The Encyclopedia of Juvenile Delinquency and Justice
November 2017, Wiley-Blackwell
The Encyclopedia of Juvenile Delinquency and Justice is a compendium of more than 200 contributions written by leading scholars from the fields of criminal justice, justice sciences, social work, and sociology. It covers the latest research, policies, and practices regarding young offenders, the processing of juveniles within the court system, and various approaches to treating and eliminating juvenile crime. The origins and evolution of the juvenile justice system, the leading theories and major theorists in the field, and the empirical support for theories and policies designed to reduce delinquency are all discussed in depth.
Organized alphabetically, the Encyclopedia is arranged by three key sections. The first section focuses on juvenile delinquents and delinquency, specifically the causes, correlates, and experiences of at-risk youth. The second section provides a comprehensive review of the system developed to address juvenile offending, including the historic origins of juvenile courts and the cases that have shaped the contemporary system. In the final section, authors explore current treatment programs and policy initiatives designed to mitigate and/or prevent juvenile delinquency.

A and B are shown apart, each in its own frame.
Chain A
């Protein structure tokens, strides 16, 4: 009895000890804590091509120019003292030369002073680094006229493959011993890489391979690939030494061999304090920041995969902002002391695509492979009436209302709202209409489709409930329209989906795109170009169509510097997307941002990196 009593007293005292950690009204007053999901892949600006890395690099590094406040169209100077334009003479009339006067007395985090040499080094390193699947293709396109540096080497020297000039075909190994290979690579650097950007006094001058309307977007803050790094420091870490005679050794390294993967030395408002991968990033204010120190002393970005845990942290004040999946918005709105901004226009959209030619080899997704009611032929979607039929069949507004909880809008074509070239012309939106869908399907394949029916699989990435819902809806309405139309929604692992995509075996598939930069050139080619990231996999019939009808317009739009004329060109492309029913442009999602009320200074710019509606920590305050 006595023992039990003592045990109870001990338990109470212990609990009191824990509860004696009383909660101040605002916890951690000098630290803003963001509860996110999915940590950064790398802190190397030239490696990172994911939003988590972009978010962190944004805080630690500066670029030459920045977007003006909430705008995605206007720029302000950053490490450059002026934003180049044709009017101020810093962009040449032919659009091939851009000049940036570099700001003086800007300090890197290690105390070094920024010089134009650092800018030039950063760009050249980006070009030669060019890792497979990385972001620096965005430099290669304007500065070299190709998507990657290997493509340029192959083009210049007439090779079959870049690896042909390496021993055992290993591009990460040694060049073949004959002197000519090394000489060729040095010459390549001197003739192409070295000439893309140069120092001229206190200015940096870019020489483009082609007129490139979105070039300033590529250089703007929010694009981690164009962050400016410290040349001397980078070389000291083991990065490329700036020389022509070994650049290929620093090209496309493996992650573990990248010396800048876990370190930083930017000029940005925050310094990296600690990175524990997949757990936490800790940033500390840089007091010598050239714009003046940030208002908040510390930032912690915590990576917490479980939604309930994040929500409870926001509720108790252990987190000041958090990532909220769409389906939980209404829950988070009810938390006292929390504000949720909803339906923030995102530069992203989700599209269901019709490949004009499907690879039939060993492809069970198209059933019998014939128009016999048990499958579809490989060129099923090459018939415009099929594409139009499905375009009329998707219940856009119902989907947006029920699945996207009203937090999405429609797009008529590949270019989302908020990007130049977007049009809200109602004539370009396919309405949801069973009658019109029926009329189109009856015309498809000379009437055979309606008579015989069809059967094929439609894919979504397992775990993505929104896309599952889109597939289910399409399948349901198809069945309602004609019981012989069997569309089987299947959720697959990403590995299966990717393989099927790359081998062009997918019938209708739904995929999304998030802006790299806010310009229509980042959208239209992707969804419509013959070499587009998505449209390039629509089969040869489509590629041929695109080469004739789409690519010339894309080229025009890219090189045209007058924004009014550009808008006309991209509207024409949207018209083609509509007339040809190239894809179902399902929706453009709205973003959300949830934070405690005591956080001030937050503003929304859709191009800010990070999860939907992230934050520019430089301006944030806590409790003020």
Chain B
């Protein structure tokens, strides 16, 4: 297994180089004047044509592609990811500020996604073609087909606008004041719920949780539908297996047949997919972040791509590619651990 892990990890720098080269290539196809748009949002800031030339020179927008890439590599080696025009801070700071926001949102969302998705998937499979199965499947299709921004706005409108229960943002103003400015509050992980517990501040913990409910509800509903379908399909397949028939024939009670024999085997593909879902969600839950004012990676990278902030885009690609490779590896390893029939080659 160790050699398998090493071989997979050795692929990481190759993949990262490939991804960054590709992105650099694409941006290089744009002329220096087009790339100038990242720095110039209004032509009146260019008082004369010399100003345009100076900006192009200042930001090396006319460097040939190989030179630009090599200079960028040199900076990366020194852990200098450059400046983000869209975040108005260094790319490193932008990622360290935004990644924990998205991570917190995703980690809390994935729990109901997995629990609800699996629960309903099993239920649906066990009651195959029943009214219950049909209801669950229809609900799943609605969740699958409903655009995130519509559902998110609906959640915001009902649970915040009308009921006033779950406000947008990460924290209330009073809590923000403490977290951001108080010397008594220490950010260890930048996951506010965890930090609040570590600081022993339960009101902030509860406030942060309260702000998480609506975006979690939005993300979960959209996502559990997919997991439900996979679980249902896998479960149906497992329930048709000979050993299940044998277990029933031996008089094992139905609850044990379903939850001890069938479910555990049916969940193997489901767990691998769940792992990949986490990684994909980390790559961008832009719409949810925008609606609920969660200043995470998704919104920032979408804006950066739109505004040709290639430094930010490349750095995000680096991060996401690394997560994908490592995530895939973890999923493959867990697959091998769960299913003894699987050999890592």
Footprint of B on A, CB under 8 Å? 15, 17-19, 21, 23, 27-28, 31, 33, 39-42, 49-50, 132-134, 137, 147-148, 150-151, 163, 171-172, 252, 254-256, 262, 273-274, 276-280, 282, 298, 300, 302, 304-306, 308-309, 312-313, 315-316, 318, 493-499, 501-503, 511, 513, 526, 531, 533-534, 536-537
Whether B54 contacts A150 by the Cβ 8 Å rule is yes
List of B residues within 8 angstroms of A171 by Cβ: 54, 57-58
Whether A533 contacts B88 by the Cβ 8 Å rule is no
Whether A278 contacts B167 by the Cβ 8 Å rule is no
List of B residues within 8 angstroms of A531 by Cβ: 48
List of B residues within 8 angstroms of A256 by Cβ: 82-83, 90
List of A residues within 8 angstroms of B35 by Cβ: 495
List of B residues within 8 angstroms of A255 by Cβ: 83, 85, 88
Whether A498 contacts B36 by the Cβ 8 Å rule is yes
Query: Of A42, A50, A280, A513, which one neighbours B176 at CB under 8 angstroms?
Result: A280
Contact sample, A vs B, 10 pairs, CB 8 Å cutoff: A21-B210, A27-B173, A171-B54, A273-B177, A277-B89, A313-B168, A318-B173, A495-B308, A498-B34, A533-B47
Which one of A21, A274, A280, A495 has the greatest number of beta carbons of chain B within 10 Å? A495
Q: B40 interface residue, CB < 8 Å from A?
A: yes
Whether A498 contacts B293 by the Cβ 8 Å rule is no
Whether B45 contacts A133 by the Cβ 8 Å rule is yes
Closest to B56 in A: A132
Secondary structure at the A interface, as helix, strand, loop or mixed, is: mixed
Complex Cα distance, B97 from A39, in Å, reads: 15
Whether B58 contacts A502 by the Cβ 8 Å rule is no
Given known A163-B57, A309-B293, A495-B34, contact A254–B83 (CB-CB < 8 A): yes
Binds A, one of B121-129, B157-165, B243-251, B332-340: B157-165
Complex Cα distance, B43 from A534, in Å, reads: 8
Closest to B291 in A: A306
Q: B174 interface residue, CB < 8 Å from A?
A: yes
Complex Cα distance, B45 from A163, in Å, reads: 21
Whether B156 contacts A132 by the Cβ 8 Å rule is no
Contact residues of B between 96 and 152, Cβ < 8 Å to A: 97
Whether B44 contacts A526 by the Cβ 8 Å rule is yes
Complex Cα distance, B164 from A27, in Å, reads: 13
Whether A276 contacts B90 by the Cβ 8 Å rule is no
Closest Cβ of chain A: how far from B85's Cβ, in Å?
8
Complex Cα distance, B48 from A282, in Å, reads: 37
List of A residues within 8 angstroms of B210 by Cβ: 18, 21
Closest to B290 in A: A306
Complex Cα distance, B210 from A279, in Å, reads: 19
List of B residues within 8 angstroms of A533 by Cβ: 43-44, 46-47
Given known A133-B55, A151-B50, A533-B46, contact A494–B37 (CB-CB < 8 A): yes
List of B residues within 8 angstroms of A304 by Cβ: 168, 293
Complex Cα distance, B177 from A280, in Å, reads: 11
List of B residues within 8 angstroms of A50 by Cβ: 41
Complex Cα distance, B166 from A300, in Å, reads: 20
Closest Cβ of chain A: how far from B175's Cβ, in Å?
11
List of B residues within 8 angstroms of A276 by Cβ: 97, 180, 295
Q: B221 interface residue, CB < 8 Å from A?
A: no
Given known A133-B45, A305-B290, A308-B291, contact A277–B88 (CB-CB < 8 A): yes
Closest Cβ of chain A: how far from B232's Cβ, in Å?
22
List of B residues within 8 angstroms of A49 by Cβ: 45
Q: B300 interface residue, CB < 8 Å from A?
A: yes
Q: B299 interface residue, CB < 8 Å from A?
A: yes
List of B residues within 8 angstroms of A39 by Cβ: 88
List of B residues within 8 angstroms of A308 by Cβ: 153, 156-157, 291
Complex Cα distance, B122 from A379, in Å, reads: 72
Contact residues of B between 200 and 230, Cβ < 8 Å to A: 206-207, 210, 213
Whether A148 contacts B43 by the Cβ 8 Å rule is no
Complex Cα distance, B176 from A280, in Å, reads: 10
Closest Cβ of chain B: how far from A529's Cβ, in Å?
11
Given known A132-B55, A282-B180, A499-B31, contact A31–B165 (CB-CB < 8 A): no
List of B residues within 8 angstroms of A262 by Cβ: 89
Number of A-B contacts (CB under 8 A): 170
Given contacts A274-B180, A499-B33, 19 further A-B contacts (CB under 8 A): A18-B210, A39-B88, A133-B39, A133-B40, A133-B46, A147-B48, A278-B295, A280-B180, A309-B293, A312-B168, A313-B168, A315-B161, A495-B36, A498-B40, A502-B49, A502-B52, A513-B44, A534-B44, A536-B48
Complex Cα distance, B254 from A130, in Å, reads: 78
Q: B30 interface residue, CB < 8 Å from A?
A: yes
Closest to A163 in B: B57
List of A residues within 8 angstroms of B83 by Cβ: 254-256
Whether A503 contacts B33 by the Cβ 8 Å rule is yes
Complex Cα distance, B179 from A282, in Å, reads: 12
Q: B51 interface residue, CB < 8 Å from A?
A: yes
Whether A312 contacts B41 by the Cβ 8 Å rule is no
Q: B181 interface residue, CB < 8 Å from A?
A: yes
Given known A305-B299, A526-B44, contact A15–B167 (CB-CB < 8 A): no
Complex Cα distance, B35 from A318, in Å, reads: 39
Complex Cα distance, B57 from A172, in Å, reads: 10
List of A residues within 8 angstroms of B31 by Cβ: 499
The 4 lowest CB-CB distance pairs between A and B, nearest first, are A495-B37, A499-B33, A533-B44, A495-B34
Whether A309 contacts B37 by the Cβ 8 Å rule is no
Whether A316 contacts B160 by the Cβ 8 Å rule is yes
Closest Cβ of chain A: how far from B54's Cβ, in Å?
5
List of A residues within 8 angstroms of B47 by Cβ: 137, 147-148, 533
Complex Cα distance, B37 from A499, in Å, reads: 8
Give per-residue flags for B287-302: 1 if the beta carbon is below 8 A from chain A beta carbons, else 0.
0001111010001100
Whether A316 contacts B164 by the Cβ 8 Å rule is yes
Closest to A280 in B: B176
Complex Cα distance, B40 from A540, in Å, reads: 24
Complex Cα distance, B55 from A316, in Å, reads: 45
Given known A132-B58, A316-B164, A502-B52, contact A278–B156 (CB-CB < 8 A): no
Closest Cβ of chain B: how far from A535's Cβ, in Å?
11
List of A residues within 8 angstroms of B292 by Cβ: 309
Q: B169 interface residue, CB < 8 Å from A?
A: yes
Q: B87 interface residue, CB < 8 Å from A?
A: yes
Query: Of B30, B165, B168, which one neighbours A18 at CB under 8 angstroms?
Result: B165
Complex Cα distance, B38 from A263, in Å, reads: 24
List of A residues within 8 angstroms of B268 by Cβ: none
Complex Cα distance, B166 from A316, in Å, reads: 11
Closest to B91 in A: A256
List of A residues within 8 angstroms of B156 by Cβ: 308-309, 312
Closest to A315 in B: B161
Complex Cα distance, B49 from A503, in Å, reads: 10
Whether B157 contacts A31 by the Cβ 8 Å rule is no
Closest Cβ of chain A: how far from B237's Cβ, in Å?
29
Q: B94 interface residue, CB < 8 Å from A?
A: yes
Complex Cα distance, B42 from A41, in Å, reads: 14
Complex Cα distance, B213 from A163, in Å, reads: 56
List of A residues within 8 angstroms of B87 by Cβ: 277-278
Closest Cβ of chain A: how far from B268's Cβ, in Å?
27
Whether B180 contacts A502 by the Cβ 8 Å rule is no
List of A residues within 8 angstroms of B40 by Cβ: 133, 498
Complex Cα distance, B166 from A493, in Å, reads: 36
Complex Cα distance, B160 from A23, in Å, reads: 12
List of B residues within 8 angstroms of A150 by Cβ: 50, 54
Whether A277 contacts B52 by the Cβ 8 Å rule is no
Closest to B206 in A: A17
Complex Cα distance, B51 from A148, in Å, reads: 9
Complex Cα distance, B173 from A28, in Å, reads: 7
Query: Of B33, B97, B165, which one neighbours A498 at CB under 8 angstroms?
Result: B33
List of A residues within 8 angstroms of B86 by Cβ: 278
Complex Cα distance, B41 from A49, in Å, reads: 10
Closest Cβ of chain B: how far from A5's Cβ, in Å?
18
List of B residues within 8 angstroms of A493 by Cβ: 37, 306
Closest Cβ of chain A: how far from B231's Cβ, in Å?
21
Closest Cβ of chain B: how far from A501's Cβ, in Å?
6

Key topics covered include: Juvenile Delinquency, Explanations of Delinquency, Correlates and Contexts of Delinquency; and all aspects of Juvenile Justice and Juvenile Justice Policy.
An indispensable reference resource, The Encyclopedia of Juvenile Delinquency and Justice is essential reading for both students and professionals engaged in the fields of criminology, juvenile delinquency, justice administration, and sociology. This work is also available as an online resource at www.encyclopediaofjuveniledelinquency.com.
Christopher J. Schreck, is Professor of Criminal Justice at the Rochester Institute of Technology.
Michael Leiber, is Interim Chair and Professor in Criminology at the University of South Florida.
Holly Ventura Miller, is Assistant Professor of Criminal Justice at the University of Texas, San Antonio.
Kelly Welch, is Associate Professor in the Department of Sociology and Criminal Justice at Villanova University.